How the modern-day master reinvented the Flemish tapestry.
Dries Van Noten’s menswear collection was a prelude to those hot summer nights we’re all aching for. The models walked against a wall of car lights, wearing light cotton trenches and silver tees, quickly followed by a blooming array of khakis and leafy prints, only to fade out with a few black laqué pieces and midnight blue ensembles. The sun was setting on a wild garden, and Dries invited us to enjoy the greenery from the shadows.
Though the designer looked at the English Arts and Crafts movement as a starting point for the construction, the inspiration for the prints was found closer to home – Dries dived into the art of Flemish tapestries. A perfect fit for the designer who loves to play with craftsmanship and tradition; and an opportunity for us to have a closer look at the heritage of our region.
Centred around Brussels, where almost a quarter of the entire population was employed in manufacturing, Flemish tapestries gained international recognition in the 15th and 16th Century. Most works from this period have remained anonymous, yet are still considered today the highest art of the tapestry, as they did not yet seek to imitate paintings.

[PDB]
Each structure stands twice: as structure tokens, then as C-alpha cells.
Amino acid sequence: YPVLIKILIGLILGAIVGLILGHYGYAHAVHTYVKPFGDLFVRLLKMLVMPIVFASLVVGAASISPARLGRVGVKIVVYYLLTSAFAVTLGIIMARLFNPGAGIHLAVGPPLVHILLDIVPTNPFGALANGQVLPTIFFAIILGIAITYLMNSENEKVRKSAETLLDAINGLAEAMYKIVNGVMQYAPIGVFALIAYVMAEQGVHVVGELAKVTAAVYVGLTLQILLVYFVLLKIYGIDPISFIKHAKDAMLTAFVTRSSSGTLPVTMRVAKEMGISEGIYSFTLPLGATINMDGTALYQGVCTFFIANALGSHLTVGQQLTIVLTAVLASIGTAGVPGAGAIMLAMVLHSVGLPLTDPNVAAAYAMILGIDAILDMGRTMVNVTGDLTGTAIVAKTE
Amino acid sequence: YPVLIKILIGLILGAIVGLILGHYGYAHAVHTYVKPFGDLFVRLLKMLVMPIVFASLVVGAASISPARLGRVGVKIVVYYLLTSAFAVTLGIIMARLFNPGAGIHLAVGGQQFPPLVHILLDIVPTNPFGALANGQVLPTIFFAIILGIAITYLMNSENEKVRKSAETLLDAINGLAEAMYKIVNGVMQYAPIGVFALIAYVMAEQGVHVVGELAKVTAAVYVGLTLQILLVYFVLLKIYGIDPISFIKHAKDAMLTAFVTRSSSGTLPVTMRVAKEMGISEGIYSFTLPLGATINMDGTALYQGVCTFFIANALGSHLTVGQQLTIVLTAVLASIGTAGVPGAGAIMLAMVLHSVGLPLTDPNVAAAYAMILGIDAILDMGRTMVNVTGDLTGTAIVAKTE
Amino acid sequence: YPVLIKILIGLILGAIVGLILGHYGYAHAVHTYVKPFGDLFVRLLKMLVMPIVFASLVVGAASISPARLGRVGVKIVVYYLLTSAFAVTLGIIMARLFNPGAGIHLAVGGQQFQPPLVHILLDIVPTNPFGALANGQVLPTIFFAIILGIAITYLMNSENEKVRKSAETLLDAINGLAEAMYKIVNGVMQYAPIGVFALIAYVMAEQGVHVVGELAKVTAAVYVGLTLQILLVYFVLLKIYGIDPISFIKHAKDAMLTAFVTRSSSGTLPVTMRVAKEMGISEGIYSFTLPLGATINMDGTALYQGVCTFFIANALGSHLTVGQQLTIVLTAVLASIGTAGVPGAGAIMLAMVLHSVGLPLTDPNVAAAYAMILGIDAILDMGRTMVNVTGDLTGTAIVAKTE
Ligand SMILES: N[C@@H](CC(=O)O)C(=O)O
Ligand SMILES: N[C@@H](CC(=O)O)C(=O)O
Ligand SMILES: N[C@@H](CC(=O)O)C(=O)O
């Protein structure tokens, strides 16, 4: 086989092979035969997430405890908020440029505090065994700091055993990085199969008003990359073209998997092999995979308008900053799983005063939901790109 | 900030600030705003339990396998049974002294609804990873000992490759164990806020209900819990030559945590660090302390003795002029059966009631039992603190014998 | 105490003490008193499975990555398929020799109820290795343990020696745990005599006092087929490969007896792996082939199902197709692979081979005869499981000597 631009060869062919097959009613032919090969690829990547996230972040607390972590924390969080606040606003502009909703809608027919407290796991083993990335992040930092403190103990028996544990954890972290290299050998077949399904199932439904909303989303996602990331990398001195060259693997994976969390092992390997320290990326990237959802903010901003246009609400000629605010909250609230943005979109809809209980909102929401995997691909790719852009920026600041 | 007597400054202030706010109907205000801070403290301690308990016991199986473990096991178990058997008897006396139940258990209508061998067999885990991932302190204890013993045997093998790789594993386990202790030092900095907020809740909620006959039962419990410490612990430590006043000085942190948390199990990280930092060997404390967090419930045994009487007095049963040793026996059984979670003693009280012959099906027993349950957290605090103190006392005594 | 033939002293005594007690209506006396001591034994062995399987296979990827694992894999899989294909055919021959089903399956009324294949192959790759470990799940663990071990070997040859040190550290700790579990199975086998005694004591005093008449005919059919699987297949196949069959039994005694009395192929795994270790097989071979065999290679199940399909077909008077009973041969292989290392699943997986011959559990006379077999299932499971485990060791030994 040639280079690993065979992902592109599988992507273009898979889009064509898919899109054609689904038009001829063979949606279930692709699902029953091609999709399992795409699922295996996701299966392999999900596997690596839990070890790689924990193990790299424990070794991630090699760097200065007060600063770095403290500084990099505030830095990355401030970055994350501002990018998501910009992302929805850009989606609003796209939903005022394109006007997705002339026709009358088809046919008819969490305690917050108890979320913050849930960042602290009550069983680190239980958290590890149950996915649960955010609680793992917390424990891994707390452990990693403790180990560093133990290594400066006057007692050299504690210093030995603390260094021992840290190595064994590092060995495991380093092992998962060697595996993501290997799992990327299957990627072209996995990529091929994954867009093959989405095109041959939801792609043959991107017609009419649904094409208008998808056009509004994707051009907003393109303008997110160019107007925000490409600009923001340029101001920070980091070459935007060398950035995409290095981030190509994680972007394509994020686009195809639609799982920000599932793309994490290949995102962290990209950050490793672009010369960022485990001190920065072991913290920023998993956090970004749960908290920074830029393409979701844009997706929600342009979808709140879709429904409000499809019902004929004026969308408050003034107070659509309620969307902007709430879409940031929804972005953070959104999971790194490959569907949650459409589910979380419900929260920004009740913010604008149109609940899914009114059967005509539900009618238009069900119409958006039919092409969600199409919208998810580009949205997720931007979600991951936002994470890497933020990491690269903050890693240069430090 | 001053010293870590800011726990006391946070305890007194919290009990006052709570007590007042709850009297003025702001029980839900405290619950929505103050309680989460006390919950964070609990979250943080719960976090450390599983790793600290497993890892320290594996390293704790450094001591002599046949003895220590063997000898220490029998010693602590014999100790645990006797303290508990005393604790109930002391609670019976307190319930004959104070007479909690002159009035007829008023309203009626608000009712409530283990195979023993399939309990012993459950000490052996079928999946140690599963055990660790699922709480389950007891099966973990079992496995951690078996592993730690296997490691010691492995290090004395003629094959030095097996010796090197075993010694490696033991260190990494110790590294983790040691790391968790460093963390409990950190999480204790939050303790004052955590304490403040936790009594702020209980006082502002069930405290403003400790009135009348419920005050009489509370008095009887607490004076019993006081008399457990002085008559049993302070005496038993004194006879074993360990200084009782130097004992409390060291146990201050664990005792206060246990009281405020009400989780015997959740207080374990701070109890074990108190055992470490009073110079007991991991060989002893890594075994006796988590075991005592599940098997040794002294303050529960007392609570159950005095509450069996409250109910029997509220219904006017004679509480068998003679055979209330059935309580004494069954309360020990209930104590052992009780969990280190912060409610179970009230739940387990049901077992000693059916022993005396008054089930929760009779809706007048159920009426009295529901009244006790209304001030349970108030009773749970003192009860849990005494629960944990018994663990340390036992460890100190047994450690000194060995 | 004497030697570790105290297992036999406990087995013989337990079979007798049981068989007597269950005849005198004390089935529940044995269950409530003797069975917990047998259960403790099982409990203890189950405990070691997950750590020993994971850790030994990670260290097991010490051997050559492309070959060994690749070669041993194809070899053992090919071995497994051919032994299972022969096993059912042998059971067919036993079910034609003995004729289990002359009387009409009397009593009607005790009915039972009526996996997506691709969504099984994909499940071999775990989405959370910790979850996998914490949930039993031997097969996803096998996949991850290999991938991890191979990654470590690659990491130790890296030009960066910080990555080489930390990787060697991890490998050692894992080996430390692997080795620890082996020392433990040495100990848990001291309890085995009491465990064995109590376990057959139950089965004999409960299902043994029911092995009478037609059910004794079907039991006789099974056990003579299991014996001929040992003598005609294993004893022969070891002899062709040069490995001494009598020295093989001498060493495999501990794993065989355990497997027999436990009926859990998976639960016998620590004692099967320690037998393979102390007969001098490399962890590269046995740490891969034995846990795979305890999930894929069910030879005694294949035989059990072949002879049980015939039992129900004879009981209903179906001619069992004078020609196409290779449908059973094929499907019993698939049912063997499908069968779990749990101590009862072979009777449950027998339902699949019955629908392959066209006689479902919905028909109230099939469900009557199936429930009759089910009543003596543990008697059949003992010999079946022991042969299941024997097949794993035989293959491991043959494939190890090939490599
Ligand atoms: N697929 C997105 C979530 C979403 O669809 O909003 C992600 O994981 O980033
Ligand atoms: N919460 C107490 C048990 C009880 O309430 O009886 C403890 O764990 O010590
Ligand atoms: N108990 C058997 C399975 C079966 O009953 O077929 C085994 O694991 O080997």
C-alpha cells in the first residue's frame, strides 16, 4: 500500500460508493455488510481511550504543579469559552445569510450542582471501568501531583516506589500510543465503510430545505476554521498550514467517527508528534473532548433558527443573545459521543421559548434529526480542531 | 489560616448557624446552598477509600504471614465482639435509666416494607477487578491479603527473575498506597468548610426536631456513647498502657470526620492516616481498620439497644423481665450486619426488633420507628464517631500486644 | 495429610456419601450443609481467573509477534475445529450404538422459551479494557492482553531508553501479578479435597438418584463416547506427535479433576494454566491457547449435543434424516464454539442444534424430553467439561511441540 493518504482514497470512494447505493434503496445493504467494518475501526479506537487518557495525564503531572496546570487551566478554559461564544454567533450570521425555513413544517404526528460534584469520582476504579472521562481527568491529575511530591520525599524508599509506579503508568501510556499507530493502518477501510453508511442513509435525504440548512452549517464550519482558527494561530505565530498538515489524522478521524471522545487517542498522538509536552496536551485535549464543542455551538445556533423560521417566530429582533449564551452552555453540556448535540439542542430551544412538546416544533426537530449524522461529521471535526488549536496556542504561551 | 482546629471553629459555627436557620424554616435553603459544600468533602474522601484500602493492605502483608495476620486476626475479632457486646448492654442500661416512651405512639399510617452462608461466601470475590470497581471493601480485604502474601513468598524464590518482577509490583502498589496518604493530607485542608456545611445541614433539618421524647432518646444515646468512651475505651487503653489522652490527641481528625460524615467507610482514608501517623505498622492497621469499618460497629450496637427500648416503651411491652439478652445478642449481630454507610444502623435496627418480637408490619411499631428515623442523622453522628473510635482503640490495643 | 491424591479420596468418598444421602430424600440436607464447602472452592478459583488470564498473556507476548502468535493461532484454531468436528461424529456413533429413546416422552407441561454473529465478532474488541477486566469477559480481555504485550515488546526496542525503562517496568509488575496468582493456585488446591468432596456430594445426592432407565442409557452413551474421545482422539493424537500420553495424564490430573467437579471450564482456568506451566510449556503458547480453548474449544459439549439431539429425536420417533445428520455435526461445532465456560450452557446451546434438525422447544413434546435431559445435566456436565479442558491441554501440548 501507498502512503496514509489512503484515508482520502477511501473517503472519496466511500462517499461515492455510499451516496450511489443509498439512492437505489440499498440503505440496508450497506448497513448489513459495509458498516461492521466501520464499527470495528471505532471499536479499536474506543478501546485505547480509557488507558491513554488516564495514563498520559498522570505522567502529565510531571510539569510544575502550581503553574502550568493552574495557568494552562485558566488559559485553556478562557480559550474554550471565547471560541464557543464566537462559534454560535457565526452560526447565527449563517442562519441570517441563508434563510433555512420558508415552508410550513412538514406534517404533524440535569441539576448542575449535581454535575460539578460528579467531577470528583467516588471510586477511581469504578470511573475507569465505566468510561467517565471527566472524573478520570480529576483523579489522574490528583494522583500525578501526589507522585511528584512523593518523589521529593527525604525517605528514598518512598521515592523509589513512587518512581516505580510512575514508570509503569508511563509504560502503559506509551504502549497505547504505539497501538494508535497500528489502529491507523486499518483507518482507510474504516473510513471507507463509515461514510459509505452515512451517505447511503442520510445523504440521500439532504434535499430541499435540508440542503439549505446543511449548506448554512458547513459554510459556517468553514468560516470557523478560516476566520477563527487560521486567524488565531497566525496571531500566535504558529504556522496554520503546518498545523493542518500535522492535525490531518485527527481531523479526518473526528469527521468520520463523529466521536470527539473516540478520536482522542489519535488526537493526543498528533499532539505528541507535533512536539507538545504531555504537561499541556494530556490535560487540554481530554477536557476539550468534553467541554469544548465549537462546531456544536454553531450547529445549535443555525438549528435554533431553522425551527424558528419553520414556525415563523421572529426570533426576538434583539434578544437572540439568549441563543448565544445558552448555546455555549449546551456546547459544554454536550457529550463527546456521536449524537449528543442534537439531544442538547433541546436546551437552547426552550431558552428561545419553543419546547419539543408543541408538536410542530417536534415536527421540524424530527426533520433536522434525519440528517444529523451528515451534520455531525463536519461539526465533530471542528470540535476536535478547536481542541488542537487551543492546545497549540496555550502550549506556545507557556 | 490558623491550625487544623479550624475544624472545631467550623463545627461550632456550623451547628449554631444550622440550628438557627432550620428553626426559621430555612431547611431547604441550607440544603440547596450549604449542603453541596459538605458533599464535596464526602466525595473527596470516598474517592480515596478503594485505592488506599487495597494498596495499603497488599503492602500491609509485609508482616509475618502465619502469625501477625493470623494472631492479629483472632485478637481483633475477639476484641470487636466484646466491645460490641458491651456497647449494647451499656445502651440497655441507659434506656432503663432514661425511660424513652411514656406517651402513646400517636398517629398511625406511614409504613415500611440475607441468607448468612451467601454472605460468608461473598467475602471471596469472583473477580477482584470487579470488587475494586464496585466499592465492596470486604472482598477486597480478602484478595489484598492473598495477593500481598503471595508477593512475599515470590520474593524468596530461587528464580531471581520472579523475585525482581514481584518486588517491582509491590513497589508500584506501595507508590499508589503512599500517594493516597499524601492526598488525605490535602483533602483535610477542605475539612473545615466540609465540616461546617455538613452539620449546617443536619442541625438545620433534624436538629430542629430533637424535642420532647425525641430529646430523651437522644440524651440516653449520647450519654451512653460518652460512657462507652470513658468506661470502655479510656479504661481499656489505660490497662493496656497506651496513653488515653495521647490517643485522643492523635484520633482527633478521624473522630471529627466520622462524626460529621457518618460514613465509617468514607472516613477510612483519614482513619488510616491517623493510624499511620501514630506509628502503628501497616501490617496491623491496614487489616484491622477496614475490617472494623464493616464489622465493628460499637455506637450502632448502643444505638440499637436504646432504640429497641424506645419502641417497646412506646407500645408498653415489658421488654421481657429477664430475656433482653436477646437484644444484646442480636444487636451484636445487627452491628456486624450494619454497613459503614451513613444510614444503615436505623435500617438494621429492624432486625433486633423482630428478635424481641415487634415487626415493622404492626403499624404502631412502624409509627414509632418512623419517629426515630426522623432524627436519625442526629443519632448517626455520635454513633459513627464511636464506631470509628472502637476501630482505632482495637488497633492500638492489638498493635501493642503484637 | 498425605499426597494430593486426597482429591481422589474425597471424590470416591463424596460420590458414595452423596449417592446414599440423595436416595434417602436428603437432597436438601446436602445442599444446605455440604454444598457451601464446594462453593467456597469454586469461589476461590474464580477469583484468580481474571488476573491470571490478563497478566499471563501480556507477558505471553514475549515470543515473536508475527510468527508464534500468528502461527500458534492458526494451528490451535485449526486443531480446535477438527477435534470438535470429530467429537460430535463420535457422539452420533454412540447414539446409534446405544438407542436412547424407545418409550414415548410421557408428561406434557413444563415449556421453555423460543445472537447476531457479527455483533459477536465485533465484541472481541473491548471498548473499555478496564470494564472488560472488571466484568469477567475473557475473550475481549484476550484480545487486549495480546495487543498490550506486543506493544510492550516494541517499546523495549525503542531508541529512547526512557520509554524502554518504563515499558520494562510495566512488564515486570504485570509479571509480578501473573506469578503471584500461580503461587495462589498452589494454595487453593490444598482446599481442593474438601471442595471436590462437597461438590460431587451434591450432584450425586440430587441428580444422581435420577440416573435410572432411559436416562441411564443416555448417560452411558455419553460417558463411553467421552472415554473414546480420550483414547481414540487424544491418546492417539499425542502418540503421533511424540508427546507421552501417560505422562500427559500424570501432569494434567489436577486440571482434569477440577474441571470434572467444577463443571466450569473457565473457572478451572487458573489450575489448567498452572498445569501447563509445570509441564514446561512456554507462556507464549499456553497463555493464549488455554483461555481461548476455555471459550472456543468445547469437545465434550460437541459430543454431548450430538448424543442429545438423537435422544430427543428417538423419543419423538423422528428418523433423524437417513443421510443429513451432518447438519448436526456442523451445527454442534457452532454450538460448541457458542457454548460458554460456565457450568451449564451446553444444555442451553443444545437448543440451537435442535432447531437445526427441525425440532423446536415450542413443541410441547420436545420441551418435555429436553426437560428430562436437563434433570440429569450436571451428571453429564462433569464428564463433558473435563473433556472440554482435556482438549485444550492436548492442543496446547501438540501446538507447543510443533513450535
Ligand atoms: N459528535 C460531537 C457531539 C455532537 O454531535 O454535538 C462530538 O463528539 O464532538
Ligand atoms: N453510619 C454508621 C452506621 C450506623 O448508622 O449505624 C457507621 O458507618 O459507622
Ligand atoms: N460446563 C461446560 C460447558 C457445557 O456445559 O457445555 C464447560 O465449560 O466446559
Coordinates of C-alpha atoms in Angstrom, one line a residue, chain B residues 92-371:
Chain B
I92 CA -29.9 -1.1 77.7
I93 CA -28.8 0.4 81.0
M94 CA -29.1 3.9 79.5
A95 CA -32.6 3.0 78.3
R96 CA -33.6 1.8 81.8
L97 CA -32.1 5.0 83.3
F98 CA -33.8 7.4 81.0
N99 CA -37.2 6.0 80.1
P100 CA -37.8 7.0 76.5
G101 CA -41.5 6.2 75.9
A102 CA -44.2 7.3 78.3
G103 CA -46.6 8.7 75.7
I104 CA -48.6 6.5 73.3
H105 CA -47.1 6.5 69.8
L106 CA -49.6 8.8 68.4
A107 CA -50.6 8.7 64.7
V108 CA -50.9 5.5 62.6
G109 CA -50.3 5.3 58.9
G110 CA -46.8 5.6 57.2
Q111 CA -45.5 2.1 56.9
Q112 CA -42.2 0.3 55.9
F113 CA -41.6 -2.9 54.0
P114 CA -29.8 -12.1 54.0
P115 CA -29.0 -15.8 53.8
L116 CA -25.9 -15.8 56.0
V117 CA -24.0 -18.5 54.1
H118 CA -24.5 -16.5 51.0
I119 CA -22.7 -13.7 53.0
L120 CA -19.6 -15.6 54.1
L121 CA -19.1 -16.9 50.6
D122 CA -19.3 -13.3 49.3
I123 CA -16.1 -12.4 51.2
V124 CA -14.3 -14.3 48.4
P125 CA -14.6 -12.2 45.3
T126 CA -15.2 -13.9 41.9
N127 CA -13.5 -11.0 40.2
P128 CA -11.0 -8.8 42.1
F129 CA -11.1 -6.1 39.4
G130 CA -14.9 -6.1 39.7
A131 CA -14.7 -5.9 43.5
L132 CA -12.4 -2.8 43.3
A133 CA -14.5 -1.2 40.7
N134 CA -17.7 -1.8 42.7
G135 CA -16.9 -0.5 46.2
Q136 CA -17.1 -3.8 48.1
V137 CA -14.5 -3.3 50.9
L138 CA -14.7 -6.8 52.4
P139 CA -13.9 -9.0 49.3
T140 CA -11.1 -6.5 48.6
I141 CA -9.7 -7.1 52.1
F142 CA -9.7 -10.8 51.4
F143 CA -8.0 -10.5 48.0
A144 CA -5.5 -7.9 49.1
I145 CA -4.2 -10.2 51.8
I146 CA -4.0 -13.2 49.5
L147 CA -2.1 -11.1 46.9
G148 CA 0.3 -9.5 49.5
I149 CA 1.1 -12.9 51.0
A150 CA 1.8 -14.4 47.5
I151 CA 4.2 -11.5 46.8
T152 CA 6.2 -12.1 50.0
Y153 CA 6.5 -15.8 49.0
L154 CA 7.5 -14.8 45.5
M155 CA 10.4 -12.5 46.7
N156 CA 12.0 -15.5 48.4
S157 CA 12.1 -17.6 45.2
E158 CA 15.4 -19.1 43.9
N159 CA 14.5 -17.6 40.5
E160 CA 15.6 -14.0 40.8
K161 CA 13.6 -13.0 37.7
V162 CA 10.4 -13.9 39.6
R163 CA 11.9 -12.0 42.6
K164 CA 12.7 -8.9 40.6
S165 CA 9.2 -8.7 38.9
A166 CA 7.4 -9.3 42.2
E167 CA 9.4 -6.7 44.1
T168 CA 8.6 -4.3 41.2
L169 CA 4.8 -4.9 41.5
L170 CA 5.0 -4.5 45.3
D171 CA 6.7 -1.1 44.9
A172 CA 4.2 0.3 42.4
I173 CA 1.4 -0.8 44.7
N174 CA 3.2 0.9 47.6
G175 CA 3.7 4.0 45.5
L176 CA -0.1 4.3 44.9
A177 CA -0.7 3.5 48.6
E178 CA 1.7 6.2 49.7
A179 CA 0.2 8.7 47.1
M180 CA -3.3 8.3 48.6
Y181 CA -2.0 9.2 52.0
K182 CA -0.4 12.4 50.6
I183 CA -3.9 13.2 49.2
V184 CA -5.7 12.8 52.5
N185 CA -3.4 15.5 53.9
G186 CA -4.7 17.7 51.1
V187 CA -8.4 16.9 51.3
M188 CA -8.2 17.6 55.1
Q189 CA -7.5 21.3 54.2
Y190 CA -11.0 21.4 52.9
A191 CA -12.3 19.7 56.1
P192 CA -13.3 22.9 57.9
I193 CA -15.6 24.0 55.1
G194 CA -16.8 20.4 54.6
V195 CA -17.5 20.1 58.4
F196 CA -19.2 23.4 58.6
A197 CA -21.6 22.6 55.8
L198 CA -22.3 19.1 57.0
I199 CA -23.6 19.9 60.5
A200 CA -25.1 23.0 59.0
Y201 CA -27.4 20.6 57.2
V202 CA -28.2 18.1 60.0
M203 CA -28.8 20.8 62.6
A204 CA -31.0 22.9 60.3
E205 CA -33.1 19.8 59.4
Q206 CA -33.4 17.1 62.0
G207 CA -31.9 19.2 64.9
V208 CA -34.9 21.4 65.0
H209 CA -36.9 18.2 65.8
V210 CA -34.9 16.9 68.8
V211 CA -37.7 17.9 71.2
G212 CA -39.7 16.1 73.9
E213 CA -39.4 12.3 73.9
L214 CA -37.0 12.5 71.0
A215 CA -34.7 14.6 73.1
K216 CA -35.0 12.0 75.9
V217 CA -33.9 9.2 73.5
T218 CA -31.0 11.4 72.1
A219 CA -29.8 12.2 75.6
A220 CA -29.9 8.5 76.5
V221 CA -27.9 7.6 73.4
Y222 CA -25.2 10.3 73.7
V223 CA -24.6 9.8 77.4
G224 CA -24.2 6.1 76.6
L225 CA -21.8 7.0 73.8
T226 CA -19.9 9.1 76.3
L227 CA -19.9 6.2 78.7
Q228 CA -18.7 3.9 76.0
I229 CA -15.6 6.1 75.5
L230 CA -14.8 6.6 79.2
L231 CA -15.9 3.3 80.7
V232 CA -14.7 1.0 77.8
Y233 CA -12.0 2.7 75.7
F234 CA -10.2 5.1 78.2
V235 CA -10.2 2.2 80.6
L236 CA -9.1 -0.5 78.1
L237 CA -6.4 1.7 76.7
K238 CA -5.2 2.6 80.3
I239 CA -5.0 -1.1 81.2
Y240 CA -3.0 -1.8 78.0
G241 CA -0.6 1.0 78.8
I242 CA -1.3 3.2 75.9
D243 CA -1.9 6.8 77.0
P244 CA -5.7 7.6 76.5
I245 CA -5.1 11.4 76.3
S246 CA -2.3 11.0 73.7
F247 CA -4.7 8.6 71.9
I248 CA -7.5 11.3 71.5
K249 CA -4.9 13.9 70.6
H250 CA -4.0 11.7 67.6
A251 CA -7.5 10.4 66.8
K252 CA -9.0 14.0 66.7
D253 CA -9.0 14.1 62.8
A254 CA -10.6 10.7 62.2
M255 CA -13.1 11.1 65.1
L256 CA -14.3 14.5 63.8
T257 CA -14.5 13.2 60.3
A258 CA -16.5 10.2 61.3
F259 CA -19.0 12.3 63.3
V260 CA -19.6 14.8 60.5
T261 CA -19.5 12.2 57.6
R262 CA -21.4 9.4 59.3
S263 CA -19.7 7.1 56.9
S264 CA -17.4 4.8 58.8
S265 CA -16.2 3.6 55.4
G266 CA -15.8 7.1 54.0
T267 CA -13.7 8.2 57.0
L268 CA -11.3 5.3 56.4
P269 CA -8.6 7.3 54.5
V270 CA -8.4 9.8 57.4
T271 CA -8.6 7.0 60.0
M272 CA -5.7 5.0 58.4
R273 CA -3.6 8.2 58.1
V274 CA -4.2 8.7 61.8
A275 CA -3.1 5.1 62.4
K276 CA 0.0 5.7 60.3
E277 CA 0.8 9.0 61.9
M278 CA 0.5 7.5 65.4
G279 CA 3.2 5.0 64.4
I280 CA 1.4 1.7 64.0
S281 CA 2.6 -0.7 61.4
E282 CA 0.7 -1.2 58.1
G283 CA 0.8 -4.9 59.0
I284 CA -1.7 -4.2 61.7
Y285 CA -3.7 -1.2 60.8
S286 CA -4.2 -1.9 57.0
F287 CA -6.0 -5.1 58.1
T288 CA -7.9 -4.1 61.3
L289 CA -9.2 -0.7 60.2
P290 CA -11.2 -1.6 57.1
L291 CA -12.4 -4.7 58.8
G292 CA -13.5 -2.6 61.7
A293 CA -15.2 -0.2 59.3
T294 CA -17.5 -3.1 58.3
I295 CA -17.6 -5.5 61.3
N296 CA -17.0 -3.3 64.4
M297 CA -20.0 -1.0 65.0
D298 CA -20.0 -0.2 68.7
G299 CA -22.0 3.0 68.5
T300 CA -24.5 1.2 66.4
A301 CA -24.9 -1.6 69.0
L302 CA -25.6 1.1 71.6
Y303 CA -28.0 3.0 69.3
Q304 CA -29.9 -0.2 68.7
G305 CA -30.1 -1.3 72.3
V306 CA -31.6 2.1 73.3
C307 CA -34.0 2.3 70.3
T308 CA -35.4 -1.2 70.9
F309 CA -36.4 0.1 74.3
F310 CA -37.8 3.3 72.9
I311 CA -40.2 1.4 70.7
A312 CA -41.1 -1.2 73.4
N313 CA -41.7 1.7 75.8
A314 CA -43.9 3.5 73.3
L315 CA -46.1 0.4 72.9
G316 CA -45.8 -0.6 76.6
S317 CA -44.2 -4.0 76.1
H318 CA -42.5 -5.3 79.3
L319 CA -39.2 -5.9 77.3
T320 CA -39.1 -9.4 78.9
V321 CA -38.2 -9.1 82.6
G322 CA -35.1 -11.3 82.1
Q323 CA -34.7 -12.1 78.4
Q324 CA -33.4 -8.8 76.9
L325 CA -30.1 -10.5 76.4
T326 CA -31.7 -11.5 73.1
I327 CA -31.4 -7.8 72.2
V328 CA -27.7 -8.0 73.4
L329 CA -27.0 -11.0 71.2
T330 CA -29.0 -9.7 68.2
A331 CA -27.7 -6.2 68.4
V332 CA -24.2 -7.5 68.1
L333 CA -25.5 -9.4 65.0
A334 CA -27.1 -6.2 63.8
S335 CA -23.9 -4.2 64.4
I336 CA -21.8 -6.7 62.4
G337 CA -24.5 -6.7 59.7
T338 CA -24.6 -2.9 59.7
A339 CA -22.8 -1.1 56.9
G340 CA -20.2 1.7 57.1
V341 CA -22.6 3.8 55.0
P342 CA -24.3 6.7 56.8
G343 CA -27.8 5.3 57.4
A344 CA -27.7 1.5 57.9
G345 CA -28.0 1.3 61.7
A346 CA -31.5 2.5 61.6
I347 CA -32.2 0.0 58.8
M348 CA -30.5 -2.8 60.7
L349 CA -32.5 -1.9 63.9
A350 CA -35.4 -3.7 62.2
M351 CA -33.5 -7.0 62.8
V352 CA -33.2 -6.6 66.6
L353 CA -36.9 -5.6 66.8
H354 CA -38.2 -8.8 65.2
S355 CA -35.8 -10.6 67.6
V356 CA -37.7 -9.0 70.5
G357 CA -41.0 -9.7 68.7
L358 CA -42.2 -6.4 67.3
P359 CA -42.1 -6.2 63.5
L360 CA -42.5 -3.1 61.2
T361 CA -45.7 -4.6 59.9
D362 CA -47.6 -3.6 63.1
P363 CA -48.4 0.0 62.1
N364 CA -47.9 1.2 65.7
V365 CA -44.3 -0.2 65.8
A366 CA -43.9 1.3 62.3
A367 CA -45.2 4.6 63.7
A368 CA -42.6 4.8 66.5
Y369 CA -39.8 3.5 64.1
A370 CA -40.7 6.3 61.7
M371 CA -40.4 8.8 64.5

The ‘mobile frescos of the north’ were highly coveted by the great princes of European courts, religious leaders and nobility. Symbols of status and wealth, their value can be compared to that of a jetfighter today. It is this period of creative wealth that Dries has sought to bring back to life through his SS17 collection.
Dries took particular interest in the Millefleurs, a specific subgenre that was most popular around 1400-1550. Decorated with an overflow of flowers, plants and branches, sprinkled over a dark blue background, Millefleurs feel more abstract than their figurative counterparts. The flora and fauna come together to form a mesmerising and surrealistic verdure.
Our modern-day master twisted and transformed the images. Scattered over various menswear staples – a practical raincoat, a sturdy vest or a silk shirt – the intricate drawings become abstract designs. From afar, the prints can be mistaken for a camouflage. Coming closer, the garments reveal a trompe l’oeil effect. Dries chose to preserve the texture of the original tapestry in the print. The result is a game of touch, each fabric carries an imprint of that medieval textile.
Dries chose to stay true to the colours of the tapestries as they exist today. Even the best preserved specimens have not been saved from the ultraviolet rays of sunlight, which transformed the original colours. What remains is a shadow of the original vividness, and green colours have turned blueish, giving the winter gardens a mystical aura.
Over 500 years ago, the Millefleurs tapestries were designed to offer a garden-view on dead-cold winter nights. This summer, they’ll serve as fitting company to long and hot terrace-evenings, whether it’s a Brussels maple or a Miami palm tree we rest our eyes upon.